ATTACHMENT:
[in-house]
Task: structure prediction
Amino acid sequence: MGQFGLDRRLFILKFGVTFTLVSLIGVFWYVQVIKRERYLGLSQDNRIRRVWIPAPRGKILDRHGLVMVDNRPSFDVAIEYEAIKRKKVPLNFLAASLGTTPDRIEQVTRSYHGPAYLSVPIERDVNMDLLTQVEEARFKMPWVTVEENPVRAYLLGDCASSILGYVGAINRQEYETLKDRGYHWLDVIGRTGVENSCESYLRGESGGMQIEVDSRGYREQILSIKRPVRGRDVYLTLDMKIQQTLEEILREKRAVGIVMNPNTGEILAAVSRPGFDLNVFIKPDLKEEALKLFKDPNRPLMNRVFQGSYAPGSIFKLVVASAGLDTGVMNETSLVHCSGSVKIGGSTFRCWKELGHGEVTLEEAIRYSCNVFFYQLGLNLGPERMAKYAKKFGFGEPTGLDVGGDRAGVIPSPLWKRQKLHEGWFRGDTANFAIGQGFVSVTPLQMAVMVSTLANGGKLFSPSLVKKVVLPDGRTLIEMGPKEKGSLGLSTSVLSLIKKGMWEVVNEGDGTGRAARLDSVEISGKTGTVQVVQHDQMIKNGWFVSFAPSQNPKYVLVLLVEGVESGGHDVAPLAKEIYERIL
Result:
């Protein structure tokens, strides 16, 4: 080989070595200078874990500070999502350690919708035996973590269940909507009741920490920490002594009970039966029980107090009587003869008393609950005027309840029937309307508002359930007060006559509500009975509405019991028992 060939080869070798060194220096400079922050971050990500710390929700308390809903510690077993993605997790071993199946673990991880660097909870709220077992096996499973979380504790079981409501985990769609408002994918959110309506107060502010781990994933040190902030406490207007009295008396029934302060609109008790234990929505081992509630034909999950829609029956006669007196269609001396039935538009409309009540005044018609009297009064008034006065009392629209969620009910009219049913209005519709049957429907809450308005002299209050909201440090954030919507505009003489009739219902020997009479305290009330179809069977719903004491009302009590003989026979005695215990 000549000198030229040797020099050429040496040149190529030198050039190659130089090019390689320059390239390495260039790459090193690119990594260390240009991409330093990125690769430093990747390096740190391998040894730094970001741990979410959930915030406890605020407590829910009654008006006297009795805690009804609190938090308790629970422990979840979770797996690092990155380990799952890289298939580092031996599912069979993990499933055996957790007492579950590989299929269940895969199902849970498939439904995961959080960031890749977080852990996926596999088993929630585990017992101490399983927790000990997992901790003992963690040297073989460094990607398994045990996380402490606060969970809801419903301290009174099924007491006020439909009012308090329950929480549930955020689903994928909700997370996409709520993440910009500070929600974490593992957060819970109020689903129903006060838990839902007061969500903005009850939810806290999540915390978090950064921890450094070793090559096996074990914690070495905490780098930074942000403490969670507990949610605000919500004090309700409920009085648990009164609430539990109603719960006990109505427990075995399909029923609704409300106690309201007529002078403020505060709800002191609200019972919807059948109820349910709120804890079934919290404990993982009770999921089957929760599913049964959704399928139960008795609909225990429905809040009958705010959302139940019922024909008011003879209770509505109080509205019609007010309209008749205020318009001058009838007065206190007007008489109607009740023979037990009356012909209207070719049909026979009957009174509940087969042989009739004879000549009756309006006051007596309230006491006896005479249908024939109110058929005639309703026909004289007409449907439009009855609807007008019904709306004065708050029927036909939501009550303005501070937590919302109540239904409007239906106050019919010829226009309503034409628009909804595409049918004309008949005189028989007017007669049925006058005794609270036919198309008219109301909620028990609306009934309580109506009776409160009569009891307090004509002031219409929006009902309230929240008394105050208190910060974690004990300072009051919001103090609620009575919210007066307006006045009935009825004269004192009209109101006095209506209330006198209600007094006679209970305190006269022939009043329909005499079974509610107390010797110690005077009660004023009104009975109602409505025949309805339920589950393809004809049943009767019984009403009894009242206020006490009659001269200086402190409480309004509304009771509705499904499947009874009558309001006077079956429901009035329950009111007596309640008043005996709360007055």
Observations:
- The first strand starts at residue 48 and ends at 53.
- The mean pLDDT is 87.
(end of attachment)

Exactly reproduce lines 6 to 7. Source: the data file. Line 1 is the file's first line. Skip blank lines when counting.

Observations:
- The first strand starts at residue 48 and ends at 53.